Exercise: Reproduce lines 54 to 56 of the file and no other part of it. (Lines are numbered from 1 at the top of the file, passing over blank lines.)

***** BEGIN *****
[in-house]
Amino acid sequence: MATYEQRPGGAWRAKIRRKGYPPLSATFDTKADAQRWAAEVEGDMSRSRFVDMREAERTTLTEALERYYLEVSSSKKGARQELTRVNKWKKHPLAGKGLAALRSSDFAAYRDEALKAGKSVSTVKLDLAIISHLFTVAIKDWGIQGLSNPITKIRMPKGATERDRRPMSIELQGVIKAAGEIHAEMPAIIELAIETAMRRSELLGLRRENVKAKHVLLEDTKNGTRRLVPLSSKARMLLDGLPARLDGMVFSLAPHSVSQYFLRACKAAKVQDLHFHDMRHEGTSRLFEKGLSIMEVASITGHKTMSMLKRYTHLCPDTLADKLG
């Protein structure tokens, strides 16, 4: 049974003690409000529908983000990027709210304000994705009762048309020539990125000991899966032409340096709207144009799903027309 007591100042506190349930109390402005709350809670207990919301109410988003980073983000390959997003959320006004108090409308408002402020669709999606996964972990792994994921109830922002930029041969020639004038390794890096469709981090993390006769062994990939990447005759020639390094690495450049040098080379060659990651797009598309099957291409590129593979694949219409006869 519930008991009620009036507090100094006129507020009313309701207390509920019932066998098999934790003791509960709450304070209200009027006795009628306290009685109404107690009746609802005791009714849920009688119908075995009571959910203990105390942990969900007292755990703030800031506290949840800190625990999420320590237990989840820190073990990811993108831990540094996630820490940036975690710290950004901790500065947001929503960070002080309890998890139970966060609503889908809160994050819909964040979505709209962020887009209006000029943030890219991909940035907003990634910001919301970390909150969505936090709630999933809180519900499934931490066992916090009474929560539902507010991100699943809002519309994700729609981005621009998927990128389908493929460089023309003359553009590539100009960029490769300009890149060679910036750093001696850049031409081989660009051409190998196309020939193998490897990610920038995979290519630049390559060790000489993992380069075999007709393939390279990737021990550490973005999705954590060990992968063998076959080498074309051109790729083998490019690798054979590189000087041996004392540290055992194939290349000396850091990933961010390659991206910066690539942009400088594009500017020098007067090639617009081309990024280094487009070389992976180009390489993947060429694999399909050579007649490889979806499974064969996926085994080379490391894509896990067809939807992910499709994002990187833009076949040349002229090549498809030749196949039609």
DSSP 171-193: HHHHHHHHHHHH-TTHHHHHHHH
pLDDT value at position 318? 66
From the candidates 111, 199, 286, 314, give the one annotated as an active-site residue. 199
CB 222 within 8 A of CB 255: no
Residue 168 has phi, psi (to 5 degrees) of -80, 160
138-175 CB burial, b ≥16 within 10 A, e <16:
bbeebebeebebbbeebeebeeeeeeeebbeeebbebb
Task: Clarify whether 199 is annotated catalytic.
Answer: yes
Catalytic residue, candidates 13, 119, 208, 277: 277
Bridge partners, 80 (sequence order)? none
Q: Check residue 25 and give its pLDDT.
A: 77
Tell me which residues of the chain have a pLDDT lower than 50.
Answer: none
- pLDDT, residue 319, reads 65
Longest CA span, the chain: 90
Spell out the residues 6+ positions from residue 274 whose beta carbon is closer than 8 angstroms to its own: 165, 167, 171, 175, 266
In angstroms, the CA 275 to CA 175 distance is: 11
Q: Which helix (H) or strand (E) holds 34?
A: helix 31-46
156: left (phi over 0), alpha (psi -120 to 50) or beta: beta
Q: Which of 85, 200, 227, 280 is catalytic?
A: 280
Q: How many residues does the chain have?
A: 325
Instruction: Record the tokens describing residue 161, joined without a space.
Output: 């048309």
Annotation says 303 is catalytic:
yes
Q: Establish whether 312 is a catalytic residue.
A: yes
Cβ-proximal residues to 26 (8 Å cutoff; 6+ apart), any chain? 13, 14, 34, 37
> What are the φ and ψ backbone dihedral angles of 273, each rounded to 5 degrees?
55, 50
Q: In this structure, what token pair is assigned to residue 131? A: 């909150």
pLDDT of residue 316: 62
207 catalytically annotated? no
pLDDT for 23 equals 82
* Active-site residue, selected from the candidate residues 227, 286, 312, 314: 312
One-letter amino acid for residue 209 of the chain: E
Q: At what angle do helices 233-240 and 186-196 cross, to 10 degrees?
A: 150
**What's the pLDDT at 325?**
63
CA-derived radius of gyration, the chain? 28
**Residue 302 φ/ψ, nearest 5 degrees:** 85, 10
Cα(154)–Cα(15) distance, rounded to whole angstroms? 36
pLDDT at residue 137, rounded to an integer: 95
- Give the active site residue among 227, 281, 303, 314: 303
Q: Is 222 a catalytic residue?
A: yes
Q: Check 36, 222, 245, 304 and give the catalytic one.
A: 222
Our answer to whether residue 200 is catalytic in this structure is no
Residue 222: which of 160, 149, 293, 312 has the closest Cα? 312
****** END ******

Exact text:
Q: Is 222 a catalytic residue?
A: yes
Q: Check 36, 222, 245, 304 and give the catalytic one.